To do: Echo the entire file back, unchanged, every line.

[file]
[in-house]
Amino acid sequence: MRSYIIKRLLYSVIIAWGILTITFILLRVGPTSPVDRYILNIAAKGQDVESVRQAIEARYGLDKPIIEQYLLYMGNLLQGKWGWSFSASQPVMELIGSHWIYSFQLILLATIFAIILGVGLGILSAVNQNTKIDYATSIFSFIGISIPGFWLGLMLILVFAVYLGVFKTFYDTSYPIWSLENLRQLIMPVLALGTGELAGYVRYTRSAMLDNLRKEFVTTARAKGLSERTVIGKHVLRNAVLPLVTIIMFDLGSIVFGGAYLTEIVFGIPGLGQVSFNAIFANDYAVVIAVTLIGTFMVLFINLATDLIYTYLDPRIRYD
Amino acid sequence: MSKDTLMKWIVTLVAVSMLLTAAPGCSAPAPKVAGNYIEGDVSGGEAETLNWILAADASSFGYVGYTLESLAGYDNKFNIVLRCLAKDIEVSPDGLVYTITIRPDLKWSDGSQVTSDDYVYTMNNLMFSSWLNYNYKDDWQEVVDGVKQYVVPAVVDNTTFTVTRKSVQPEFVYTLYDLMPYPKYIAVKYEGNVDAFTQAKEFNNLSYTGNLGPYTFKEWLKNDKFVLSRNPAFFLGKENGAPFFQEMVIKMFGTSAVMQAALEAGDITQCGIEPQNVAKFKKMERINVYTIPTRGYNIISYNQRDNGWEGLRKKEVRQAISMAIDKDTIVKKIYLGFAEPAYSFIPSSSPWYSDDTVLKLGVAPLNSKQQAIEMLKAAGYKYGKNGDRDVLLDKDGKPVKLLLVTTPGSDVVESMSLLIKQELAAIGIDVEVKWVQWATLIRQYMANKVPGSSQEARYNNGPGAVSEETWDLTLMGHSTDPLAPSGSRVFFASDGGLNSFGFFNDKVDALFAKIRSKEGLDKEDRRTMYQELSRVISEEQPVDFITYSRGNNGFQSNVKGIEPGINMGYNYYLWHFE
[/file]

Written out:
[in-house]
Amino acid sequence: MRSYIIKRLLYSVIIAWGILTITFILLRVGPTSPVDRYILNIAAKGQDVESVRQAIEARYGLDKPIIEQYLLYMGNLLQGKWGWSFSASQPVMELIGSHWIYSFQLILLATIFAIILGVGLGILSAVNQNTKIDYATSIFSFIGISIPGFWLGLMLILVFAVYLGVFKTFYDTSYPIWSLENLRQLIMPVLALGTGELAGYVRYTRSAMLDNLRKEFVTTARAKGLSERTVIGKHVLRNAVLPLVTIIMFDLGSIVFGGAYLTEIVFGIPGLGQVSFNAIFANDYAVVIAVTLIGTFMVLFINLATDLIYTYLDPRIRYD
Amino acid sequence: MSKDTLMKWIVTLVAVSMLLTAAPGCSAPAPKVAGNYIEGDVSGGEAETLNWILAADASSFGYVGYTLESLAGYDNKFNIVLRCLAKDIEVSPDGLVYTITIRPDLKWSDGSQVTSDDYVYTMNNLMFSSWLNYNYKDDWQEVVDGVKQYVVPAVVDNTTFTVTRKSVQPEFVYTLYDLMPYPKYIAVKYEGNVDAFTQAKEFNNLSYTGNLGPYTFKEWLKNDKFVLSRNPAFFLGKENGAPFFQEMVIKMFGTSAVMQAALEAGDITQCGIEPQNVAKFKKMERINVYTIPTRGYNIISYNQRDNGWEGLRKKEVRQAISMAIDKDTIVKKIYLGFAEPAYSFIPSSSPWYSDDTVLKLGVAPLNSKQQAIEMLKAAGYKYGKNGDRDVLLDKDGKPVKLLLVTTPGSDVVESMSLLIKQELAAIGIDVEVKWVQWATLIRQYMANKVPGSSQEARYNNGPGAVSEETWDLTLMGHSTDPLAPSGSRVFFASDGGLNSFGFFNDKVDALFAKIRSKEGLDKEDRRTMYQELSRVISEEQPVDFITYSRGNNGFQSNVKGIEPGINMGYNYYLWHFE